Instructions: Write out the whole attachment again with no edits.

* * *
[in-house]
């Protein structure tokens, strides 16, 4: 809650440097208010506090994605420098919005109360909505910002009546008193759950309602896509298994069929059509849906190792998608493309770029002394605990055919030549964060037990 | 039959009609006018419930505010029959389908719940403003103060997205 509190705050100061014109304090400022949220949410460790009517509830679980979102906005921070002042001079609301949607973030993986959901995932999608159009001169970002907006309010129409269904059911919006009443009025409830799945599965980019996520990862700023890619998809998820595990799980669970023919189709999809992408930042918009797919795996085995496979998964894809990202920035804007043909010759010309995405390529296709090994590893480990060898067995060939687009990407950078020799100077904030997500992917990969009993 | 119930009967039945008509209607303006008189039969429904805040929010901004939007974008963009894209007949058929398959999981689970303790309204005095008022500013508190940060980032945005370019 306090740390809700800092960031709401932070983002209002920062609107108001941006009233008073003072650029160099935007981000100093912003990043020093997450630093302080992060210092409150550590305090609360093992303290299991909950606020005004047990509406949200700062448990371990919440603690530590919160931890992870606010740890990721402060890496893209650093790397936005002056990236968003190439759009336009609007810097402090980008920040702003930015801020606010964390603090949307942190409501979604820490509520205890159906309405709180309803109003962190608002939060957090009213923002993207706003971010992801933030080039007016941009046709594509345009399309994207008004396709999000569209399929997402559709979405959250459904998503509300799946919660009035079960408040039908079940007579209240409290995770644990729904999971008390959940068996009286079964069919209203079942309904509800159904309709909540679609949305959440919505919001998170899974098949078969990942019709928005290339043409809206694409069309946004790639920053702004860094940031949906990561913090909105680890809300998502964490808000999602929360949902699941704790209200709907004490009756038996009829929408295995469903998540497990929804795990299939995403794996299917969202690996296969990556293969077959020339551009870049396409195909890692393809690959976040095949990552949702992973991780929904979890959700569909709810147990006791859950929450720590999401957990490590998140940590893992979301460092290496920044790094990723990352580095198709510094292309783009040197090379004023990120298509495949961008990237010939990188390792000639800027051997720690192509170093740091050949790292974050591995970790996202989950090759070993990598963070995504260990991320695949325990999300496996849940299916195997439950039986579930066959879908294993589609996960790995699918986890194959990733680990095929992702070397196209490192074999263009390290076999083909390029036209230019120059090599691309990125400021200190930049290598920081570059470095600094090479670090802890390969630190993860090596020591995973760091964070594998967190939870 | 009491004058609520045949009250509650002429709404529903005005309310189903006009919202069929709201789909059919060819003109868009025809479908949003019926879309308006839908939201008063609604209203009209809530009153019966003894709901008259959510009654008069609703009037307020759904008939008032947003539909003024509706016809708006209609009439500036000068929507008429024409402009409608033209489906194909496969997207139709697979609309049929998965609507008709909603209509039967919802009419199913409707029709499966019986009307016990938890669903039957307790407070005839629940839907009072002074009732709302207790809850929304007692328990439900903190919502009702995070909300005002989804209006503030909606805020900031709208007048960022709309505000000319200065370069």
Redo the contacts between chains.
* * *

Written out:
[in-house]
């Protein structure tokens, strides 16, 4: 809650440097208010506090994605420098919005109360909505910002009546008193759950309602896509298994069929059509849906190792998608493309770029002394605990055919030549964060037990 | 039959009609006018419930505010029959389908719940403003103060997205 509190705050100061014109304090400022949220949410460790009517509830679980979102906005921070002042001079609301949607973030993986959901995932999608159009001169970002907006309010129409269904059911919006009443009025409830799945599965980019996520990862700023890619998809998820595990799980669970023919189709999809992408930042918009797919795996085995496979998964894809990202920035804007043909010759010309995405390529296709090994590893480990060898067995060939687009990407950078020799100077904030997500992917990969009993 | 119930009967039945008509209607303006008189039969429904805040929010901004939007974008963009894209007949058929398959999981689970303790309204005095008022500013508190940060980032945005370019 306090740390809700800092960031709401932070983002209002920062609107108001941006009233008073003072650029160099935007981000100093912003990043020093997450630093302080992060210092409150550590305090609360093992303290299991909950606020005004047990509406949200700062448990371990919440603690530590919160931890992870606010740890990721402060890496893209650093790397936005002056990236968003190439759009336009609007810097402090980008920040702003930015801020606010964390603090949307942190409501979604820490509520205890159906309405709180309803109003962190608002939060957090009213923002993207706003971010992801933030080039007016941009046709594509345009399309994207008004396709999000569209399929997402559709979405959250459904998503509300799946919660009035079960408040039908079940007579209240409290995770644990729904999971008390959940068996009286079964069919209203079942309904509800159904309709909540679609949305959440919505919001998170899974098949078969990942019709928005290339043409809206694409069309946004790639920053702004860094940031949906990561913090909105680890809300998502964490808000999602929360949902699941704790209200709907004490009756038996009829929408295995469903998540497990929804795990299939995403794996299917969202690996296969990556293969077959020339551009870049396409195909890692393809690959976040095949990552949702992973991780929904979890959700569909709810147990006791859950929450720590999401957990490590998140940590893992979301460092290496920044790094990723990352580095198709510094292309783009040197090379004023990120298509495949961008990237010939990188390792000639800027051997720690192509170093740091050949790292974050591995970790996202989950090759070993990598963070995504260990991320695949325990999300496996849940299916195997439950039986579930066959879908294993589609996960790995699918986890194959990733680990095929992702070397196209490192074999263009390290076999083909390029036209230019120059090599691309990125400021200190930049290598920081570059470095600094090479670090802890390969630190993860090596020591995973760091964070594998967190939870 | 009491004058609520045949009250509650002429709404529903005005309310189903006009919202069929709201789909059919060819003109868009025809479908949003019926879309308006839908939201008063609604209203009209809530009153019966003894709901008259959510009654008069609703009037307020759904008939008032947003539909003024509706016809708006209609009439500036000068929507008429024409402009409608033209489906194909496969997207139709697979609309049929998965609507008709909603209509039967919802009419199913409707029709499966019986009307016990938890669903039957307790407070005839629940839907009072002074009732709302207790809850929304007692328990439900903190919502009702995070909300005002989804209006503030909606805020900031709208007048960022709309505000000319200065370069």
Redo the contacts between chains.